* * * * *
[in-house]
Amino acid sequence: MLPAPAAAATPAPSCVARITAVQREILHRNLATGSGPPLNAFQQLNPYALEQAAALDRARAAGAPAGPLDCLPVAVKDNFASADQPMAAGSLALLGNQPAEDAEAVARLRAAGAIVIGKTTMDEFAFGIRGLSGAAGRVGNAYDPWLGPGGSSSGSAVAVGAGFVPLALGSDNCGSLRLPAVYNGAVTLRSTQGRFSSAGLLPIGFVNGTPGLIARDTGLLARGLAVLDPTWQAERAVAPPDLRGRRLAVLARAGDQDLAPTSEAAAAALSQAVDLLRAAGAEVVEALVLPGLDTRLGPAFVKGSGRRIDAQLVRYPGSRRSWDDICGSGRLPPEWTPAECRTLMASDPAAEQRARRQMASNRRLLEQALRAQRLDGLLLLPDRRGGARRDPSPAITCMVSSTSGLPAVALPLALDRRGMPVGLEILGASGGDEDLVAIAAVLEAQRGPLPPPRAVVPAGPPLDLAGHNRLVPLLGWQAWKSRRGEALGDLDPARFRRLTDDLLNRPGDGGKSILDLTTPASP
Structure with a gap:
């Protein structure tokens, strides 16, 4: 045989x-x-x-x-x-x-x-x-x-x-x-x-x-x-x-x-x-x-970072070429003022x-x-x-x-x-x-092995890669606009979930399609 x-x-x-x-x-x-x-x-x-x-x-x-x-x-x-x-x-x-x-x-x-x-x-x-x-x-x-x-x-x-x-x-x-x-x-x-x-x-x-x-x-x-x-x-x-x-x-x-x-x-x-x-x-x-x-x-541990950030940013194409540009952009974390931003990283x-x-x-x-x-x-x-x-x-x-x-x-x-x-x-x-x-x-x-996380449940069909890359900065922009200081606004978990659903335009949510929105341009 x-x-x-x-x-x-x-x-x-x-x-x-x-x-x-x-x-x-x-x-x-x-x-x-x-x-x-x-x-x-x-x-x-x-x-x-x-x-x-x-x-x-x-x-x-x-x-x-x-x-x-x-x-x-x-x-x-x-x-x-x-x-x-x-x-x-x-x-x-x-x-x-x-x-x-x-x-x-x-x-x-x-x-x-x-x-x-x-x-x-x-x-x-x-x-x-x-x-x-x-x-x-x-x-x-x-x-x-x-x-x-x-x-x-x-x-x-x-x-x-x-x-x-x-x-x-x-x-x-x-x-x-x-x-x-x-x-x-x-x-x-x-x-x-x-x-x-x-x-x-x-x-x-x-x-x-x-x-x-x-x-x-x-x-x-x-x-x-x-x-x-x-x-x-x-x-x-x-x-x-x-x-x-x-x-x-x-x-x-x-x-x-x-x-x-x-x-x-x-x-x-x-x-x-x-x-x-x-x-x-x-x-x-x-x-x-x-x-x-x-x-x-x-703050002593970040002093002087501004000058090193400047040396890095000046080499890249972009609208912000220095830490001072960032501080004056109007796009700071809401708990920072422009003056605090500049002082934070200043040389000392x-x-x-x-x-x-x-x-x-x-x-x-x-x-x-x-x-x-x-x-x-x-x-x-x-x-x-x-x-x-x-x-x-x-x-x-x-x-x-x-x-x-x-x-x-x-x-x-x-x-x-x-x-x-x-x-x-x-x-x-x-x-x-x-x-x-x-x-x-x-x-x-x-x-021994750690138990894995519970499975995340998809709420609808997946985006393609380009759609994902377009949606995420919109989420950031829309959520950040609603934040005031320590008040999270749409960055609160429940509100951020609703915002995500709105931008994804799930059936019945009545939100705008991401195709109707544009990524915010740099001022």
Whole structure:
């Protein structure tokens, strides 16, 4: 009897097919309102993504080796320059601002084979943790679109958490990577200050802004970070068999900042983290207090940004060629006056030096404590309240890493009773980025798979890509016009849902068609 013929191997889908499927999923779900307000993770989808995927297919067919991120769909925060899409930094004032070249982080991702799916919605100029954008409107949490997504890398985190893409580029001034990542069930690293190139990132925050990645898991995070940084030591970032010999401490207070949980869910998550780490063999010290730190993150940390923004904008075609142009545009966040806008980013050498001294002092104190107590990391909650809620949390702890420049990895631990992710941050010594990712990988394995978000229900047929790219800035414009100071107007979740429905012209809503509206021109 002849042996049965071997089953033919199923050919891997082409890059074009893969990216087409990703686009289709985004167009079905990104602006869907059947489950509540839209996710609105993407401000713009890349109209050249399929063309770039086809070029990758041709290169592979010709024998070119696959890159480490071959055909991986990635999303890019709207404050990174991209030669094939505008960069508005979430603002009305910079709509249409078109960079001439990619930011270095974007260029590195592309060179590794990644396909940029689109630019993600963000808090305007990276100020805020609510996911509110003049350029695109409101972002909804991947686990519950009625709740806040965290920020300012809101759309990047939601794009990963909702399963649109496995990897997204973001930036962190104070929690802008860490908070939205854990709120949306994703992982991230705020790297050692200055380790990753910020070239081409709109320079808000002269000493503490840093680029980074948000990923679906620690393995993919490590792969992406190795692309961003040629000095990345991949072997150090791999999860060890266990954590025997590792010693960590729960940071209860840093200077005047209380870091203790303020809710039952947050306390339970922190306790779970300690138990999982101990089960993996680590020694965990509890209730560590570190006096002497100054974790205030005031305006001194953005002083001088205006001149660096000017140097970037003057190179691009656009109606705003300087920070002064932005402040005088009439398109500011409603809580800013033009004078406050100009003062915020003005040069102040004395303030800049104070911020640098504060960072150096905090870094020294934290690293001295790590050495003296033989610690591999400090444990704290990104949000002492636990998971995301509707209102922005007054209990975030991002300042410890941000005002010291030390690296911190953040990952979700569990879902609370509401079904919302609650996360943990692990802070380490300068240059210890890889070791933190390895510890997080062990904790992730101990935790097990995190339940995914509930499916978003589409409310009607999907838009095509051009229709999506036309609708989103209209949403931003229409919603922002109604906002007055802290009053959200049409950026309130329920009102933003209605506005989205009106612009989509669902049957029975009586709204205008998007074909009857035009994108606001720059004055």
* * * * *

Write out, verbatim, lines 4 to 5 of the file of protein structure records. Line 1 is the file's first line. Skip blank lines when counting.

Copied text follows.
């Protein structure tokens, strides 16, 4: 045989x-x-x-x-x-x-x-x-x-x-x-x-x-x-x-x-x-x-970072070429003022x-x-x-x-x-x-092995890669606009979930399609 x-x-x-x-x-x-x-x-x-x-x-x-x-x-x-x-x-x-x-x-x-x-x-x-x-x-x-x-x-x-x-x-x-x-x-x-x-x-x-x-x-x-x-x-x-x-x-x-x-x-x-x-x-x-x-x-541990950030940013194409540009952009974390931003990283x-x-x-x-x-x-x-x-x-x-x-x-x-x-x-x-x-x-x-996380449940069909890359900065922009200081606004978990659903335009949510929105341009 x-x-x-x-x-x-x-x-x-x-x-x-x-x-x-x-x-x-x-x-x-x-x-x-x-x-x-x-x-x-x-x-x-x-x-x-x-x-x-x-x-x-x-x-x-x-x-x-x-x-x-x-x-x-x-x-x-x-x-x-x-x-x-x-x-x-x-x-x-x-x-x-x-x-x-x-x-x-x-x-x-x-x-x-x-x-x-x-x-x-x-x-x-x-x-x-x-x-x-x-x-x-x-x-x-x-x-x-x-x-x-x-x-x-x-x-x-x-x-x-x-x-x-x-x-x-x-x-x-x-x-x-x-x-x-x-x-x-x-x-x-x-x-x-x-x-x-x-x-x-x-x-x-x-x-x-x-x-x-x-x-x-x-x-x-x-x-x-x-x-x-x-x-x-x-x-x-x-x-x-x-x-x-x-x-x-x-x-x-x-x-x-x-x-x-x-x-x-x-x-x-x-x-x-x-x-x-x-x-x-x-x-x-x-x-x-x-x-x-x-x-x-x-703050002593970040002093002087501004000058090193400047040396890095000046080499890249972009609208912000220095830490001072960032501080004056109007796009700071809401708990920072422009003056605090500049002082934070200043040389000392x-x-x-x-x-x-x-x-x-x-x-x-x-x-x-x-x-x-x-x-x-x-x-x-x-x-x-x-x-x-x-x-x-x-x-x-x-x-x-x-x-x-x-x-x-x-x-x-x-x-x-x-x-x-x-x-x-x-x-x-x-x-x-x-x-x-x-x-x-x-x-x-x-x-021994750690138990894995519970499975995340998809709420609808997946985006393609380009759609994902377009949606995420919109989420950031829309959520950040609603934040005031320590008040999270749409960055609160429940509100951020609703915002995500709105931008994804799930059936019945009545939100705008991401195709109707544009990524915010740099001022």
Whole structure: